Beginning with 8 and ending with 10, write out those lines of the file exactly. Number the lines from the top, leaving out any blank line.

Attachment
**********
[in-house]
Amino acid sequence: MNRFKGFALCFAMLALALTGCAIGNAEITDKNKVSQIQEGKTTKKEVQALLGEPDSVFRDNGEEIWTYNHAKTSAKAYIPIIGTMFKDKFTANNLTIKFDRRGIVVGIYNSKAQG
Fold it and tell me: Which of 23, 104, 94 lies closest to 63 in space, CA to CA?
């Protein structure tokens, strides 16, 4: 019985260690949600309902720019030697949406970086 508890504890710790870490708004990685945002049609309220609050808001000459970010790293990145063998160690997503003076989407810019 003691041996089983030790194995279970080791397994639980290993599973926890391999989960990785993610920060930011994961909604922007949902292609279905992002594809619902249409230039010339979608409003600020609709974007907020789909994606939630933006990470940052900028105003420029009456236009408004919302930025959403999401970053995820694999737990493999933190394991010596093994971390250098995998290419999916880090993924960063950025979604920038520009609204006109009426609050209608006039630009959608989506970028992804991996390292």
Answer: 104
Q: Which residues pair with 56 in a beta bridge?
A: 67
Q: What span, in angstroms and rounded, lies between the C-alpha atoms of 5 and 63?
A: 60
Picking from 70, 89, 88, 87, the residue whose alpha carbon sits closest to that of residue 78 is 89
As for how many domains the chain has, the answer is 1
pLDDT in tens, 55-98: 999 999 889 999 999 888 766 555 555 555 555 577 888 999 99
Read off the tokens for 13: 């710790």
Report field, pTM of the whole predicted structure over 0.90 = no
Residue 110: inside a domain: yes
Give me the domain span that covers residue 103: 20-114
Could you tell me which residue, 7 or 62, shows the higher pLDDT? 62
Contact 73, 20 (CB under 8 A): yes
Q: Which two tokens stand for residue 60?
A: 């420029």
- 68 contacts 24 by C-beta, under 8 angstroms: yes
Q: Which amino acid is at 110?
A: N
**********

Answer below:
Q: What span, in angstroms and rounded, lies between the C-alpha atoms of 5 and 63?
A: 60
Picking from 70, 89, 88, 87, the residue whose alpha carbon sits closest to that of residue 78 is 89